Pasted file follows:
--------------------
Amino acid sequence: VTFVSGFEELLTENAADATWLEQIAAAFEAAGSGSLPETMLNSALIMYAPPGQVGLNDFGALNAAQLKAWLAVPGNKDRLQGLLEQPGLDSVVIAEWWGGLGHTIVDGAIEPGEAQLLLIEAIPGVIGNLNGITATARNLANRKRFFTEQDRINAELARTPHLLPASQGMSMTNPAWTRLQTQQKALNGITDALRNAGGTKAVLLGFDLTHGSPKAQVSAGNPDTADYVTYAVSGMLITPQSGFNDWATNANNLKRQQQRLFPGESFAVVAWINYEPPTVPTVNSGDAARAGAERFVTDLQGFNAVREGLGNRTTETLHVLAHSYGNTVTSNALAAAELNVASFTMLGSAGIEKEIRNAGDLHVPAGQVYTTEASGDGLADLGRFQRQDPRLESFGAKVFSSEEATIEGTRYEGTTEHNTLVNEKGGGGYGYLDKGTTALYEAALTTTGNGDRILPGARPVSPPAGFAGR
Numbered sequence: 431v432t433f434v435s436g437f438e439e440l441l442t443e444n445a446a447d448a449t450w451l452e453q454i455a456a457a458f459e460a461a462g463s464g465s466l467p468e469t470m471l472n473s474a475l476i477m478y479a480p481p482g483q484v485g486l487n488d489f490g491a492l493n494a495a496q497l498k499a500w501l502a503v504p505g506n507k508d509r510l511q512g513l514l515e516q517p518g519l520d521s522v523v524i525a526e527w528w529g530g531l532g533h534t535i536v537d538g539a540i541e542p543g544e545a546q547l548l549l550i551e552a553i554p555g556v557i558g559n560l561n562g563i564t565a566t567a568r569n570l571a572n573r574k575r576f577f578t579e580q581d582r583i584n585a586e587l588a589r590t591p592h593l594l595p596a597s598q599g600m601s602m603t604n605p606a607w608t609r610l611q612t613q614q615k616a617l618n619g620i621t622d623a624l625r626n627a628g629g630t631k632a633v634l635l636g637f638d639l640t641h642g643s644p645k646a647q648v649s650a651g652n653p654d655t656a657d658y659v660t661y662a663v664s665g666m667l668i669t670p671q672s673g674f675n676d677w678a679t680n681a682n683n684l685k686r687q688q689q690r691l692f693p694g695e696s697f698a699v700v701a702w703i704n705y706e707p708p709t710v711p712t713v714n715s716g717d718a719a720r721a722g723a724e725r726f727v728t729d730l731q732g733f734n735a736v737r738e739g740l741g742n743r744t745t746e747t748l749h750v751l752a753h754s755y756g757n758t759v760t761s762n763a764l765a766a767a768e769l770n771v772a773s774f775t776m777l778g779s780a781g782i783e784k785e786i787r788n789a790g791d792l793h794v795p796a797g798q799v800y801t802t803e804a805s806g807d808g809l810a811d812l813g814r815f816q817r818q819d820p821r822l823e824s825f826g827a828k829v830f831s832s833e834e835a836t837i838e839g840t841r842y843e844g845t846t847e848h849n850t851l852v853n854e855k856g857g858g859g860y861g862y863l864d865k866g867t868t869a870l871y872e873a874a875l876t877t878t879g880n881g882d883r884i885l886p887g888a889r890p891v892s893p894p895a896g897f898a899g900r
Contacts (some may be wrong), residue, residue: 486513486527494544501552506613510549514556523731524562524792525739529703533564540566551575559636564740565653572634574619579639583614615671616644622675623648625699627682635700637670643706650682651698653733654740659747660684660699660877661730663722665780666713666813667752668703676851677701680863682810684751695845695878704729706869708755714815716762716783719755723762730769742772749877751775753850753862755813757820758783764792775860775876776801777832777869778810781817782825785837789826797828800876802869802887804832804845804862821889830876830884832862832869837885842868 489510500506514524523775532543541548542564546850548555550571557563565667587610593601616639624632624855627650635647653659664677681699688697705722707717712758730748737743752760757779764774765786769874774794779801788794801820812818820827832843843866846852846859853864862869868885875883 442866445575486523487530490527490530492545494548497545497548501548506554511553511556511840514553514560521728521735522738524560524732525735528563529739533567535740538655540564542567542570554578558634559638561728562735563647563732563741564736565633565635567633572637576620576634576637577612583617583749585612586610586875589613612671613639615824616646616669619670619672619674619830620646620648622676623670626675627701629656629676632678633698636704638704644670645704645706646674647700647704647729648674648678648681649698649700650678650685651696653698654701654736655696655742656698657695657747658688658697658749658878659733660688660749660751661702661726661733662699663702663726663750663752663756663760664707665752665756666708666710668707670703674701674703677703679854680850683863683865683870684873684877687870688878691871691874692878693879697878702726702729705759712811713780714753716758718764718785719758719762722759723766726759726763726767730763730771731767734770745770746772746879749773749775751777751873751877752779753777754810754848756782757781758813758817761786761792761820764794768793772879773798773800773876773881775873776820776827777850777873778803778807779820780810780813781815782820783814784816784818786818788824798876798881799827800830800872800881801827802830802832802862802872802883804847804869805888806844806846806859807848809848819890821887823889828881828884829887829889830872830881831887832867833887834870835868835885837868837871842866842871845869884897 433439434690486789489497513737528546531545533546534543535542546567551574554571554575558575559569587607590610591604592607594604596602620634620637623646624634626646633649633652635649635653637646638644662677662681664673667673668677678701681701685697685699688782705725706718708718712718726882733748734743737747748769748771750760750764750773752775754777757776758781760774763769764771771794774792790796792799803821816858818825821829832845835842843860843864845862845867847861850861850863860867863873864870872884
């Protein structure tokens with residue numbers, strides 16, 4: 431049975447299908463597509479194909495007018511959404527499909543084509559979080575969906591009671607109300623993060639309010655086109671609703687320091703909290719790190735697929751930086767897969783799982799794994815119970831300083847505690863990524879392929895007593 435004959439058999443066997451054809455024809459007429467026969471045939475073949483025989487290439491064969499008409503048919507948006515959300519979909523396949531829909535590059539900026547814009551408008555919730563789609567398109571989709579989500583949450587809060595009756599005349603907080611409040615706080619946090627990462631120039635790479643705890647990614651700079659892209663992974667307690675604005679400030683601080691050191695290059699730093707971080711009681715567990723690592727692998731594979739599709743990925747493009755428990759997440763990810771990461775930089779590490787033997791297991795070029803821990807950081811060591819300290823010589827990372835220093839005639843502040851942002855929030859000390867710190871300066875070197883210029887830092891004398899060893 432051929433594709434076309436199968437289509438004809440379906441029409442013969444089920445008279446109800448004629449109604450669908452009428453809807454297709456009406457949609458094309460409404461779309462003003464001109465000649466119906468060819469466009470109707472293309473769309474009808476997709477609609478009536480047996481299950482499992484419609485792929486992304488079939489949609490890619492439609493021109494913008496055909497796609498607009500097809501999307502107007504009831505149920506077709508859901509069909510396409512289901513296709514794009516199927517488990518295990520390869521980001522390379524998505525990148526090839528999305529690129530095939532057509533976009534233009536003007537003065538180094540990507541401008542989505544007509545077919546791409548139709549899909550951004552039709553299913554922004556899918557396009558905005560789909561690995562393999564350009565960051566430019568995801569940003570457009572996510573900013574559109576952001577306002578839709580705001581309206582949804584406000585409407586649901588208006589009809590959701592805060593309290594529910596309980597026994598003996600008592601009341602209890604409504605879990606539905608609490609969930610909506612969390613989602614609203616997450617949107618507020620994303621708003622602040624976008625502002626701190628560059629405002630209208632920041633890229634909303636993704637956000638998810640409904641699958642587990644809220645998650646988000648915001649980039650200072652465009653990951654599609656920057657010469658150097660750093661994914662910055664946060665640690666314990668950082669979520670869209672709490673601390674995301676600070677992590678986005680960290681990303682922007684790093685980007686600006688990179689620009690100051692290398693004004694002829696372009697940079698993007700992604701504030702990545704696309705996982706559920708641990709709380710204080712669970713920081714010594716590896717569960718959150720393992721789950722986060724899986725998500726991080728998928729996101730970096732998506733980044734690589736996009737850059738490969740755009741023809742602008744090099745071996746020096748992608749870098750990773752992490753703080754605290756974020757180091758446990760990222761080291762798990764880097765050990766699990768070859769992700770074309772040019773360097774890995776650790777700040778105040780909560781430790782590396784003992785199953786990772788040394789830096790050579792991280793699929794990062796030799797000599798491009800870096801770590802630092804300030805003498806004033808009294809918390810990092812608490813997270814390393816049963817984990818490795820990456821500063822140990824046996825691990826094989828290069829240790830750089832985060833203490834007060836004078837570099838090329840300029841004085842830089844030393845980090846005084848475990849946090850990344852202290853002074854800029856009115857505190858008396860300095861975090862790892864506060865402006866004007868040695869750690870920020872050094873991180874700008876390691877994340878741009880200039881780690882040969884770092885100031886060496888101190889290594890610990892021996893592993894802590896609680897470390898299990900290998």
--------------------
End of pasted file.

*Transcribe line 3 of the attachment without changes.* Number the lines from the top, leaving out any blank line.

Contacts (some may be wrong), residue, residue: 486513486527494544501552506613510549514556523731524562524792525739529703533564540566551575559636564740565653572634574619579639583614615671616644622675623648625699627682635700637670643706650682651698653733654740659747660684660699660877661730663722665780666713666813667752668703676851677701680863682810684751695845695878704729706869708755714815716762716783719755723762730769742772749877751775753850753862755813757820758783764792775860775876776801777832777869778810781817782825785837789826797828800876802869802887804832804845804862821889830876830884832862832869837885842868 489510500506514524523775532543541548542564546850548555550571557563565667587610593601616639624632624855627650635647653659664677681699688697705722707717712758730748737743752760757779764774765786769874774794779801788794801820812818820827832843843866846852846859853864862869868885875883 442866445575486523487530490527490530492545494548497545497548501548506554511553511556511840514553514560521728521735522738524560524732525735528563529739533567535740538655540564542567542570554578558634559638561728562735563647563732563741564736565633565635567633572637576620576634576637577612583617583749585612586610586875589613612671613639615824616646616669619670619672619674619830620646620648622676623670626675627701629656629676632678633698636704638704644670645704645706646674647700647704647729648674648678648681649698649700650678650685651696653698654701654736655696655742656698657695657747658688658697658749658878659733660688660749660751661702661726661733662699663702663726663750663752663756663760664707665752665756666708666710668707670703674701674703677703679854680850683863683865683870684873684877687870688878691871691874692878693879697878702726702729705759712811713780714753716758718764718785719758719762722759723766726759726763726767730763730771731767734770745770746772746879749773749775751777751873751877752779753777754810754848756782757781758813758817761786761792761820764794768793772879773798773800773876773881775873776820776827777850777873778803778807779820780810780813781815782820783814784816784818786818788824798876798881799827800830800872800881801827802830802832802862802872802883804847804869805888806844806846806859807848809848819890821887823889828881828884829887829889830872830881831887832867833887834870835868835885837868837871842866842871845869884897 433439434690486789489497513737528546531545533546534543535542546567551574554571554575558575559569587607590610591604592607594604596602620634620637623646624634626646633649633652635649635653637646638644662677662681664673667673668677678701681701685697685699688782705725706718708718712718726882733748734743737747748769748771750760750764750773752775754777757776758781760774763769764771771794774792790796792799803821816858818825821829832845835842843860843864845862845867847861850861850863860867863873864870872884